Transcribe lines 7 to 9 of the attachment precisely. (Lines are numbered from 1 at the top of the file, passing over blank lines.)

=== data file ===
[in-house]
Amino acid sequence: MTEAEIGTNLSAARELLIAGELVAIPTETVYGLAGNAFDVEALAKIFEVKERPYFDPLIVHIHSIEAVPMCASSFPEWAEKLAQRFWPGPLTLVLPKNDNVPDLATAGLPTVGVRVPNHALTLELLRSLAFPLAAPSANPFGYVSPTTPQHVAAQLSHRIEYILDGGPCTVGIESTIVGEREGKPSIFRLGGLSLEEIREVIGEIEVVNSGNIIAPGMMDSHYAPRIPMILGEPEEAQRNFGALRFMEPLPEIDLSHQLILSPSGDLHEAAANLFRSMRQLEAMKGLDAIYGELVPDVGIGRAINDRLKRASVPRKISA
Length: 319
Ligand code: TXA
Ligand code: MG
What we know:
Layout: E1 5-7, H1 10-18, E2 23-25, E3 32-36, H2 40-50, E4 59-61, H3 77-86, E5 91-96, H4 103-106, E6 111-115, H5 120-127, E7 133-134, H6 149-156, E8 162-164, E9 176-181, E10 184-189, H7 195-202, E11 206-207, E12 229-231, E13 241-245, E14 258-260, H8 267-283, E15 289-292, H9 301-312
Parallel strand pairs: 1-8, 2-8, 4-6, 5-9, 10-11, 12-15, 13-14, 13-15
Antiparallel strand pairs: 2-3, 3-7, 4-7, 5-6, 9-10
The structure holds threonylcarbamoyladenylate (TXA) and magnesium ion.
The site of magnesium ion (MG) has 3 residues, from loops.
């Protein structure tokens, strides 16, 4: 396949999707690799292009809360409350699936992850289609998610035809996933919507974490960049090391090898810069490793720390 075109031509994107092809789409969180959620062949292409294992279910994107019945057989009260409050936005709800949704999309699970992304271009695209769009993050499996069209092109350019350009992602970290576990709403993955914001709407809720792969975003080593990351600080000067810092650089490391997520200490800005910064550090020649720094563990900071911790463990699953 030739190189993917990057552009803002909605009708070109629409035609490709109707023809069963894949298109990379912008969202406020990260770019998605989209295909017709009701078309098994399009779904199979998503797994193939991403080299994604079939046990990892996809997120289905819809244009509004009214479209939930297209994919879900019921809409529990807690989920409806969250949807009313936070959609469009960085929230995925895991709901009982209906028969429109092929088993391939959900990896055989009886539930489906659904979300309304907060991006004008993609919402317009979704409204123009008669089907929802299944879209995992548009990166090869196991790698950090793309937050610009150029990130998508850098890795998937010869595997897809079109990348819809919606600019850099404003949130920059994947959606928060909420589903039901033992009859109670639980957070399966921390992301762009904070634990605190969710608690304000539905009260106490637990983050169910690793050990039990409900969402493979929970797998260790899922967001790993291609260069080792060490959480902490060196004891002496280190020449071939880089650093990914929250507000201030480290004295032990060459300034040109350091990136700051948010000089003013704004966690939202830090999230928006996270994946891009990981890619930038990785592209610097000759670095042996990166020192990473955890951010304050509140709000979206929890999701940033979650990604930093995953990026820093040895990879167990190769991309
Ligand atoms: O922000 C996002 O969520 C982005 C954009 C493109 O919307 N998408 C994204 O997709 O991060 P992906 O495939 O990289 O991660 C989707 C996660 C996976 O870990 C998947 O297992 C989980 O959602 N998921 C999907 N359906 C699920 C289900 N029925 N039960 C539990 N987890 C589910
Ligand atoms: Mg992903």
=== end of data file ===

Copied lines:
Layout: E1 5-7, H1 10-18, E2 23-25, E3 32-36, H2 40-50, E4 59-61, H3 77-86, E5 91-96, H4 103-106, E6 111-115, H5 120-127, E7 133-134, H6 149-156, E8 162-164, E9 176-181, E10 184-189, H7 195-202, E11 206-207, E12 229-231, E13 241-245, E14 258-260, H8 267-283, E15 289-292, H9 301-312
Parallel strand pairs: 1-8, 2-8, 4-6, 5-9, 10-11, 12-15, 13-14, 13-15
Antiparallel strand pairs: 2-3, 3-7, 4-7, 5-6, 9-10